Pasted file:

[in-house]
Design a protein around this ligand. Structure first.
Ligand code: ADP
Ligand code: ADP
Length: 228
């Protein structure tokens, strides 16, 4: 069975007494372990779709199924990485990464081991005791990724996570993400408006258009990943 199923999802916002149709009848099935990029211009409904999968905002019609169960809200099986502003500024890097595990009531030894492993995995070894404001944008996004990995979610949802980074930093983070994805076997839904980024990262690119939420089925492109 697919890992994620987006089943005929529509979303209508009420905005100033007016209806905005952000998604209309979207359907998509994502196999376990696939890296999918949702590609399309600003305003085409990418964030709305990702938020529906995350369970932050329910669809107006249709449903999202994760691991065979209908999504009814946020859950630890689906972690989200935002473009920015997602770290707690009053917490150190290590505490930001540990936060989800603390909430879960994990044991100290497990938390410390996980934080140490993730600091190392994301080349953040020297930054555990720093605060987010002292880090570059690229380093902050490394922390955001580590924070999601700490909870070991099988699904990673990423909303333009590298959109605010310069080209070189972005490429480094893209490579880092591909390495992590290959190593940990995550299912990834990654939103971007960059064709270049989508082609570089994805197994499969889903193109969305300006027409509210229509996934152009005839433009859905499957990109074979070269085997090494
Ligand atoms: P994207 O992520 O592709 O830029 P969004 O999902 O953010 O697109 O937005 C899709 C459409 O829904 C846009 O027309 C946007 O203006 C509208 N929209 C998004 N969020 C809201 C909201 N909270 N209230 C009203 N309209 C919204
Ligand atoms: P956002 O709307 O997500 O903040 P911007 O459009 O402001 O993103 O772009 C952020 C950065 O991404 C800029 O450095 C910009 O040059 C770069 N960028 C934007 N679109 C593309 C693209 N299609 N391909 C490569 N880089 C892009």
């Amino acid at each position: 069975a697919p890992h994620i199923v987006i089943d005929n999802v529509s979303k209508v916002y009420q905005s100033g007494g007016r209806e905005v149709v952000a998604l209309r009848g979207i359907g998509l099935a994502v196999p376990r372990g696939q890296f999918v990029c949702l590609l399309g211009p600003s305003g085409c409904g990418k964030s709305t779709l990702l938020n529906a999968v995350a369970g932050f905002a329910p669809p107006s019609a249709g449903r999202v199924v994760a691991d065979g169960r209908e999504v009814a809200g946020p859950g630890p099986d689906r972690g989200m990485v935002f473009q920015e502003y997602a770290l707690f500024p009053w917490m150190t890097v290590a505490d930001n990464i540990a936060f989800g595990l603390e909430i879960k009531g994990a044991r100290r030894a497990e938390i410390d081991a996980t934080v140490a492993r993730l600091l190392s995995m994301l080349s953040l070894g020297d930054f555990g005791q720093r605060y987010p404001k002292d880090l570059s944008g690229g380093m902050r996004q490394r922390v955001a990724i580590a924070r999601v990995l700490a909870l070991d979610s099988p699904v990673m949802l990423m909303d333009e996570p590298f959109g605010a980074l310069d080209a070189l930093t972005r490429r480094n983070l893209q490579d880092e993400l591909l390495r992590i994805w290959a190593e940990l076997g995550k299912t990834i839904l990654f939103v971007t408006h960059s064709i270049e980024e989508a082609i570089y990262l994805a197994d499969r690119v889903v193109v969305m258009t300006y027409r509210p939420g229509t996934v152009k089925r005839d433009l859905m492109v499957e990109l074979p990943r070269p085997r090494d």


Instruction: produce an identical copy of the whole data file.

[in-house]
Design a protein around this ligand. Structure first.
Ligand code: ADP
Ligand code: ADP
Length: 228
């Protein structure tokens, strides 16, 4: 069975007494372990779709199924990485990464081991005791990724996570993400408006258009990943 199923999802916002149709009848099935990029211009409904999968905002019609169960809200099986502003500024890097595990009531030894492993995995070894404001944008996004990995979610949802980074930093983070994805076997839904980024990262690119939420089925492109 697919890992994620987006089943005929529509979303209508009420905005100033007016209806905005952000998604209309979207359907998509994502196999376990696939890296999918949702590609399309600003305003085409990418964030709305990702938020529906995350369970932050329910669809107006249709449903999202994760691991065979209908999504009814946020859950630890689906972690989200935002473009920015997602770290707690009053917490150190290590505490930001540990936060989800603390909430879960994990044991100290497990938390410390996980934080140490993730600091190392994301080349953040020297930054555990720093605060987010002292880090570059690229380093902050490394922390955001580590924070999601700490909870070991099988699904990673990423909303333009590298959109605010310069080209070189972005490429480094893209490579880092591909390495992590290959190593940990995550299912990834990654939103971007960059064709270049989508082609570089994805197994499969889903193109969305300006027409509210229509996934152009005839433009859905499957990109074979070269085997090494
Ligand atoms: P994207 O992520 O592709 O830029 P969004 O999902 O953010 O697109 O937005 C899709 C459409 O829904 C846009 O027309 C946007 O203006 C509208 N929209 C998004 N969020 C809201 C909201 N909270 N209230 C009203 N309209 C919204
Ligand atoms: P956002 O709307 O997500 O903040 P911007 O459009 O402001 O993103 O772009 C952020 C950065 O991404 C800029 O450095 C910009 O040059 C770069 N960028 C934007 N679109 C593309 C693209 N299609 N391909 C490569 N880089 C892009």
């Amino acid at each position: 069975a697919p890992h994620i199923v987006i089943d005929n999802v529509s979303k209508v916002y009420q905005s100033g007494g007016r209806e905005v149709v952000a998604l209309r009848g979207i359907g998509l099935a994502v196999p376990r372990g696939q890296f999918v990029c949702l590609l399309g211009p600003s305003g085409c409904g990418k964030s709305t779709l990702l938020n529906a999968v995350a369970g932050f905002a329910p669809p107006s019609a249709g449903r999202v199924v994760a691991d065979g169960r209908e999504v009814a809200g946020p859950g630890p099986d689906r972690g989200m990485v935002f473009q920015e502003y997602a770290l707690f500024p009053w917490m150190t890097v290590a505490d930001n990464i540990a936060f989800g595990l603390e909430i879960k009531g994990a044991r100290r030894a497990e938390i410390d081991a996980t934080v140490a492993r993730l600091l190392s995995m994301l080349s953040l070894g020297d930054f555990g005791q720093r605060y987010p404001k002292d880090l570059s944008g690229g380093m902050r996004q490394r922390v955001a990724i580590a924070r999601v990995l700490a909870l070991d979610s099988p699904v990673m949802l990423m909303d333009e996570p590298f959109g605010a980074l310069d080209a070189l930093t972005r490429r480094n983070l893209q490579d880092e993400l591909l390495r992590i994805w290959a190593e940990l076997g995550k299912t990834i839904l990654f939103v971007t408006h960059s064709i270049e980024e989508a082609i570089y990262l994805a197994d499969r690119v889903v193109v969305m258009t300006y027409r509210p939420g229509t996934v152009k089925r005839d433009l859905m492109v499957e990109l074979p990943r070269p085997r090494d």